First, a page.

Connect with us

Hi, what are you looking for?


Montgomery School Board member: We might sue ALSDE

By Josh Moon
Alabama Political Reporter

Montgomery’s School Board is considering legal action over the Alabama State Department of Education’s intervention, a County School Board member said Monday evening.

MPS Board member Mary Briers, a fixture in Montgomery education, brought up the possible lawsuit during a phone conversation and said it was “likely.” However, she also said the board was waiting to see if any changes to the intervention would be coming.

“We’re waiting to see how they’re going to do,” Briers said. “But that (lawsuit) is an option.”

Briers phone call to APR was an angry one, and was intended to relay her displeasure with another media outlet’s report that a superintendent had been named to replace the retiring Margaret Allen. Allen announced on Monday that she was stepping down at the end of July.

“We have a Superintendent until July 31,” Briers said. “We don’t need another one. If we need to name a person after then to fill in, we can.”

Briers said that during a conference between MPS Board members and State Superintendent Michael Sentance on Monday, the topic of a replacement for Allen was broached and that Dr. Reginald Eggleston was recommended for the position. A short time later, ALSDE officials issued a press release that named Eggleston the new superintendent “to ensure a smooth transition.”

Advertisement. Scroll to continue reading.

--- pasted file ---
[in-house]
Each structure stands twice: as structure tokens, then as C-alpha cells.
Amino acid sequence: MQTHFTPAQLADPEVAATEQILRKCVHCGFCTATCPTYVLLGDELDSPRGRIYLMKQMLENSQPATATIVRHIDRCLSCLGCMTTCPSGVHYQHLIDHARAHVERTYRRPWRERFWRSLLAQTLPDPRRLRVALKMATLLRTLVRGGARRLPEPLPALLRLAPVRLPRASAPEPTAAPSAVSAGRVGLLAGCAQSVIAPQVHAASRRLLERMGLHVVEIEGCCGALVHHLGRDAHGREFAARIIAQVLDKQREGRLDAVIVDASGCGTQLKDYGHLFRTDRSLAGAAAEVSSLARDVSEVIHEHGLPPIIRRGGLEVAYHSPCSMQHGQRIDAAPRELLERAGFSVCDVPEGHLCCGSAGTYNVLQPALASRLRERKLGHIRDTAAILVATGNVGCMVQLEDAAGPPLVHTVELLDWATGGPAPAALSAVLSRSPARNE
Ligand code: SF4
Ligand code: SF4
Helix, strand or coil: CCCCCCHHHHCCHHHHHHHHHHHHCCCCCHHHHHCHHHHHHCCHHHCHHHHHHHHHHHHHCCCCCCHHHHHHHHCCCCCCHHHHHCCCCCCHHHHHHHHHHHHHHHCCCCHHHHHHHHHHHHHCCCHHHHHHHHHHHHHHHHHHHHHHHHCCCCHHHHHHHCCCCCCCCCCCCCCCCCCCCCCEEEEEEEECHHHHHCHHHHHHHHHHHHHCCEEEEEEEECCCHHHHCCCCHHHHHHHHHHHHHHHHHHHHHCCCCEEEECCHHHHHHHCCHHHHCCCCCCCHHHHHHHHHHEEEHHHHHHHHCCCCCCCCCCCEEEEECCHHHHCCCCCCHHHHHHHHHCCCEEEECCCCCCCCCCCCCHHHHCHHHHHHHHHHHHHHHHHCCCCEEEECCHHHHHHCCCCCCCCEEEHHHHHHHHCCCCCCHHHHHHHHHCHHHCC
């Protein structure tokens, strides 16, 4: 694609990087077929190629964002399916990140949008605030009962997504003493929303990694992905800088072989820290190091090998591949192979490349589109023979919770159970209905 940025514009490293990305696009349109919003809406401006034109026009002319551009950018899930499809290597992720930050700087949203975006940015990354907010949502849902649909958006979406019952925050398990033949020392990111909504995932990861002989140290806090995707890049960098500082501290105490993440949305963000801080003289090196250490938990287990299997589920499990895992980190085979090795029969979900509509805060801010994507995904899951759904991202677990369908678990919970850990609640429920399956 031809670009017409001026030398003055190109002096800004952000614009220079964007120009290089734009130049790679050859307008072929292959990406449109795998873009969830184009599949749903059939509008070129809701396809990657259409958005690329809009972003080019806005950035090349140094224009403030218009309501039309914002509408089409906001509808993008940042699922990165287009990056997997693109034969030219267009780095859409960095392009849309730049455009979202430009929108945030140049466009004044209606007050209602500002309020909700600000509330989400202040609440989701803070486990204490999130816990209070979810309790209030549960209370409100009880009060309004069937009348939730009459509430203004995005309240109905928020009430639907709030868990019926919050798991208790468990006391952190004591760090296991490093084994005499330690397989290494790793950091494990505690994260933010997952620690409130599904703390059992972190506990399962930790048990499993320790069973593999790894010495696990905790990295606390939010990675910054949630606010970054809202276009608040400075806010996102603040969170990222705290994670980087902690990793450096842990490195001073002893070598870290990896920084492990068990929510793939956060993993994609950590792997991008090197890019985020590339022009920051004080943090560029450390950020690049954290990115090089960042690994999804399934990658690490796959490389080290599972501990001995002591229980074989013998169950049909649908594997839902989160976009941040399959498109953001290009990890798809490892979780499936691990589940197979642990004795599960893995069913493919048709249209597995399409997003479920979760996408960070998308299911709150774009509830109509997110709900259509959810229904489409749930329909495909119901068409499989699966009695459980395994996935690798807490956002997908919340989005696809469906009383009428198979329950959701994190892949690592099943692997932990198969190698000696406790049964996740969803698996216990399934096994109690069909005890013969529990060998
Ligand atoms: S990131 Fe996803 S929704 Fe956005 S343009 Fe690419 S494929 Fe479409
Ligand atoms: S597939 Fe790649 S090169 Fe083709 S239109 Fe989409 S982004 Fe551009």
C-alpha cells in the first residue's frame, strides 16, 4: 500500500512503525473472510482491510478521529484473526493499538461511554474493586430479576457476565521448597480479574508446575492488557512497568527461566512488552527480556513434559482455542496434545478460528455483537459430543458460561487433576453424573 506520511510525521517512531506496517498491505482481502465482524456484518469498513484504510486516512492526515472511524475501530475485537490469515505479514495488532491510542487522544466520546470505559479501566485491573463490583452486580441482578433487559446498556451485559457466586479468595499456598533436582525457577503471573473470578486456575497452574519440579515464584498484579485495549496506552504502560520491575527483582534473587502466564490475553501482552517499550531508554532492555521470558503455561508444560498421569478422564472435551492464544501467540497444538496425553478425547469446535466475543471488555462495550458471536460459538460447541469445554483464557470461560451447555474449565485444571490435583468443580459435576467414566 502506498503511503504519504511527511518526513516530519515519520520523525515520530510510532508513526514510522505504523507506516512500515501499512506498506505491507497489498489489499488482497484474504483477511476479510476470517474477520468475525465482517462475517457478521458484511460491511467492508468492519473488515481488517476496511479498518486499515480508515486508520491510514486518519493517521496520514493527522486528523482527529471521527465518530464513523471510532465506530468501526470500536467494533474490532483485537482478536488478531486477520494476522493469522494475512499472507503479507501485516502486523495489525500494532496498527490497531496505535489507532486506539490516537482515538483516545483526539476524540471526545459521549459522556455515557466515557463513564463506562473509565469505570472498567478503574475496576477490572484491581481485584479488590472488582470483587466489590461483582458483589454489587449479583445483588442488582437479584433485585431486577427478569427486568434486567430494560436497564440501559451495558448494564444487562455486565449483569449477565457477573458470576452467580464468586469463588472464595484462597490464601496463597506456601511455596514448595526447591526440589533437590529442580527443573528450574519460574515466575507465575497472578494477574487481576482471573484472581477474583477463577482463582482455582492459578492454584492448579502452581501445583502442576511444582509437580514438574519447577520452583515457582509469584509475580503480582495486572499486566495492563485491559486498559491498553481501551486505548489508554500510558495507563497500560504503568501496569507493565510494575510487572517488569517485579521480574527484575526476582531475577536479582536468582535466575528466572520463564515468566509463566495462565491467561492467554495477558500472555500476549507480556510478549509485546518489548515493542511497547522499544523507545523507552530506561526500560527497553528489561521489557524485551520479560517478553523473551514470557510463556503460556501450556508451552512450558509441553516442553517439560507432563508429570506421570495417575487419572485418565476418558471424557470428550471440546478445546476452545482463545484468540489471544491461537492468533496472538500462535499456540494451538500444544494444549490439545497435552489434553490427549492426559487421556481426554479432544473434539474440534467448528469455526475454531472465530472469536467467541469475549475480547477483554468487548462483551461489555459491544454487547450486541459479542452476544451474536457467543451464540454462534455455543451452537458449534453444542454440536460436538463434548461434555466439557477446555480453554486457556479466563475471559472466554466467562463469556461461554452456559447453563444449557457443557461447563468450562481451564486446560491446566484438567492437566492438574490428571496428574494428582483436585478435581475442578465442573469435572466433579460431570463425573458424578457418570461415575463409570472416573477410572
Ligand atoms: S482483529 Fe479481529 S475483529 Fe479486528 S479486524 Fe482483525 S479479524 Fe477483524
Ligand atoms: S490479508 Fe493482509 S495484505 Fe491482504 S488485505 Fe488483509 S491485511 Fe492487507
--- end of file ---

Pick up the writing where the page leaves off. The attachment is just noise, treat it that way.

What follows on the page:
Briers was livid.

“(Allen) is still here,” Briers said. “This makes me so angry.”

Briers also acknowledged that one of the many oddities of a State takeover provides the authority to the State Superintendent to name a new County Superintendent if the job becomes vacant. And the MPS Board would have no authority to block any candidate he chose.

ALSDE intervened in Montgomery in March and the takeover has not gone as smoothly as officials had hoped. County school board members, first accepting of the takeover, have soured on it after a few weeks and say Sentance and ALSDE officials have boxed them out of the process – something Sentance promised wouldn’t happen.


Written By

Josh Moon is an investigative reporter and featured columnist at the Alabama Political Reporter with years of political reporting experience in Alabama. You can email him at [email protected] or follow him on Twitter.



The Summer Food Service Program, a federally funded summer lunch program administered by Alabama, is set to expire on June 30.

Public safety

Veteran officer Victor Sims alleges the department discriminated against him because is Black, then retaliated when he spoke out.


The complaint alleges that the law violates the Fourteenth Amendment’s Equal Protection Clause.


Two similar lawsuits were dropped Friday without explanation, but counsel for the plaintiffs said they expect those suits to be refiled.